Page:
Meaningful work, creative work, thoughtful work, important work – this type of effort takes stretches of uninterrupted time to get into the zone. But in the modern office such long stretches just can’t be found. Instead, it’s just one interruption after another. —Remote: Office Not Required (2013)

It makes little sense to ship millions of people to offices every day in order to be less productive than they could be. So what are offices for in the network era? They should be for collaborating, discussing, and getting to know each other better. People should not have to go to an office to work alone.

Nancy Dixon says that, “Forcing people back to the workplace [to be more productive] is not the solution because too often when they are in the workplace they are either sitting in a meeting listening to endless presentations, or in a cubicle sending emails to each other. Neither of those activities is worth the cost in time or travel.”

We know that many collaborative activities are best conducted face to face. The physical workplace should support and encourage meaningful conversations, among ourselves or with our clients. We have the software to handle scheduling so that most workers could have the opportunity to be productive for most of their days. It’s time to flip the office. Instead of going to work, we should be going to socialize, converse, and collaborate. Productive solo time is not for the office. Knowledge workers can be productive anywhere but at the office.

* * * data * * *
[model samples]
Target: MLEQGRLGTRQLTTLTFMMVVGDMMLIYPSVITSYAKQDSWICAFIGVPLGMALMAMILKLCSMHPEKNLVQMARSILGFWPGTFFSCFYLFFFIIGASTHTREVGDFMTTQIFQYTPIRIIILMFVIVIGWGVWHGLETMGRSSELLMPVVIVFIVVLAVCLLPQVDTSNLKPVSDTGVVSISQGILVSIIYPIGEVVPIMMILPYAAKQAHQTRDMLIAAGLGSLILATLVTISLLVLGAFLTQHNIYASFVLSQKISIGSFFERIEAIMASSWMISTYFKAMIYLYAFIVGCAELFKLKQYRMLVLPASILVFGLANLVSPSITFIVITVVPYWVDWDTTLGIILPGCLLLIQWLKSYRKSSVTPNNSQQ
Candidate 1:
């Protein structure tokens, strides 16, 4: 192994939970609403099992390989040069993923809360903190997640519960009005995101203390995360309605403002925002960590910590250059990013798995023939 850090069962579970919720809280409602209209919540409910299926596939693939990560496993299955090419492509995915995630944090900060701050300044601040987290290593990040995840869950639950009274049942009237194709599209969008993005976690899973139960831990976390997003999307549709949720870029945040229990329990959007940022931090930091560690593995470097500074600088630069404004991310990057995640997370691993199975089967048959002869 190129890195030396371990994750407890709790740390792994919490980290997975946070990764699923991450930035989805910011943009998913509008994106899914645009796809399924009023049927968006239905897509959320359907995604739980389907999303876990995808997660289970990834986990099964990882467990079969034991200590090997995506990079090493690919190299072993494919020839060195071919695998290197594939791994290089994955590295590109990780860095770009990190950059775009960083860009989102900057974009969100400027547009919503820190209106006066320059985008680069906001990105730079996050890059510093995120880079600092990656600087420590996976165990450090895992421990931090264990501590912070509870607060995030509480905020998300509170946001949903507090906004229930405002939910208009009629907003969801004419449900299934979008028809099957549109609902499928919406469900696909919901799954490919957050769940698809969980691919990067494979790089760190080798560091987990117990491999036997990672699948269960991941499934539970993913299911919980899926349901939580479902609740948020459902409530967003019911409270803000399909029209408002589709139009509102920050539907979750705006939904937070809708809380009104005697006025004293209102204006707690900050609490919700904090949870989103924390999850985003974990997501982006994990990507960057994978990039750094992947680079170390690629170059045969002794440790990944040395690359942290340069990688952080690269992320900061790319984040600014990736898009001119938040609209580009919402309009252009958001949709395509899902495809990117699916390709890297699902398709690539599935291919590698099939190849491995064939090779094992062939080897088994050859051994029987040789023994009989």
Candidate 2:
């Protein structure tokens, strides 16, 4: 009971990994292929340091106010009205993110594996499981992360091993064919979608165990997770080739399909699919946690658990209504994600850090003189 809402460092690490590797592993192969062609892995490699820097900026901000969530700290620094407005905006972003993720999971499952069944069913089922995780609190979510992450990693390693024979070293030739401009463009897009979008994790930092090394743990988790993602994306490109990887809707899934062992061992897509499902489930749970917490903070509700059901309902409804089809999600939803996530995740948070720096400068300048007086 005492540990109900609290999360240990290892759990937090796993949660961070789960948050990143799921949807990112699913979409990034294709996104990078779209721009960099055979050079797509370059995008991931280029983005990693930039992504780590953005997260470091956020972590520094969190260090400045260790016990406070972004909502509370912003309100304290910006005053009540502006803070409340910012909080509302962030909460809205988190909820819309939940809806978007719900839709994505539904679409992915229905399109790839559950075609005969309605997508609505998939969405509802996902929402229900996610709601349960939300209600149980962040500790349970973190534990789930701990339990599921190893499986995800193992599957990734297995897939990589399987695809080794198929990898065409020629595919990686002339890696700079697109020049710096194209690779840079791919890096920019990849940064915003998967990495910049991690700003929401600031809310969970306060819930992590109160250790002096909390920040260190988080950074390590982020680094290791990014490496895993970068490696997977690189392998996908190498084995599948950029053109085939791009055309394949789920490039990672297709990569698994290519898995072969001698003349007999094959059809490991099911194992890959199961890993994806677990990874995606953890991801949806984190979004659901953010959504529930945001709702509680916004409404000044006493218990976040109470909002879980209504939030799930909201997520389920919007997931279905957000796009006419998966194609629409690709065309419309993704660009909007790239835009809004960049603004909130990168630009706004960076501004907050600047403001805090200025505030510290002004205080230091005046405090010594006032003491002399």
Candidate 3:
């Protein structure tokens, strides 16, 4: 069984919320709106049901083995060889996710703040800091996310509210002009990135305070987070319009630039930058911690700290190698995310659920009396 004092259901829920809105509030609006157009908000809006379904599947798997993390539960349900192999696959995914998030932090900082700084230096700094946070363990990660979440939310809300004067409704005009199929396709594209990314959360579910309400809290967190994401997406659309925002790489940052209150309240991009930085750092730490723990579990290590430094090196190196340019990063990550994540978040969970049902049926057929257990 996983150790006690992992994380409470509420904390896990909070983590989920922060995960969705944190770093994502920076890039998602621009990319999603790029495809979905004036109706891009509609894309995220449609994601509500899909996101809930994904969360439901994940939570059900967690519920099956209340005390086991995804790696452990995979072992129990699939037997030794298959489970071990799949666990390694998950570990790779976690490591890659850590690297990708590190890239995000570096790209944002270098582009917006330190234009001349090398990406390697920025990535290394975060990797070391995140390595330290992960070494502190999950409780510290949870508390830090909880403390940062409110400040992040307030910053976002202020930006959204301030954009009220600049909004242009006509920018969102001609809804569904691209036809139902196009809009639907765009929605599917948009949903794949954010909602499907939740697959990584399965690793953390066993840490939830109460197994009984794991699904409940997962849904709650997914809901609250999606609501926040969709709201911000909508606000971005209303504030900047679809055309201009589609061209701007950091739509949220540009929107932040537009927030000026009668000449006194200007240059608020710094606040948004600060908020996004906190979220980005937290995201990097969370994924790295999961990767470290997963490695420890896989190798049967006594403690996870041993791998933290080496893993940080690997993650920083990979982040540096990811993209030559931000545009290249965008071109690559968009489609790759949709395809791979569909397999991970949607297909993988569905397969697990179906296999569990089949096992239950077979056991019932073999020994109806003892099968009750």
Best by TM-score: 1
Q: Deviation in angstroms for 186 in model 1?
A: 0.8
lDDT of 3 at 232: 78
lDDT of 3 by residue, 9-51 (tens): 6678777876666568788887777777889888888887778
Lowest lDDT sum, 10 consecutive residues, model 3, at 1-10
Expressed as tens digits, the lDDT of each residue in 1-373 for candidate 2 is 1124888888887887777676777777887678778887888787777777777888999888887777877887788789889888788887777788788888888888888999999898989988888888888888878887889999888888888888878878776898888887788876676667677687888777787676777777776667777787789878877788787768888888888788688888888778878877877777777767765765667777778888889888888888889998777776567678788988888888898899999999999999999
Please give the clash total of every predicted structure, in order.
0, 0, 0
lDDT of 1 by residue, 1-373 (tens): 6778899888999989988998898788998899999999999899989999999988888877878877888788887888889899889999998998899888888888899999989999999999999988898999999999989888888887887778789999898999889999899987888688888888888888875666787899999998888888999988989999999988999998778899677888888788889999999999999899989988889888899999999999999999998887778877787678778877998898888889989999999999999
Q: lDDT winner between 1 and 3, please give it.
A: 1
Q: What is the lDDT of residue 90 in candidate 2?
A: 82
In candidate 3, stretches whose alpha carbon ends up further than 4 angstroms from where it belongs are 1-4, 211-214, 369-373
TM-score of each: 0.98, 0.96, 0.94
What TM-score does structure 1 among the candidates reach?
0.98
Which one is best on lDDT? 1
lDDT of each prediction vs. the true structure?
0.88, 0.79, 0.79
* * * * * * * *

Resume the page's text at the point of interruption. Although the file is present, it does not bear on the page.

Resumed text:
flip the office

5 Responses to “Flip the office”

  1. Kay Fox

    Agree with your article. Another good thing about the flipped office is that it would lessen the carbon footprint of commuters.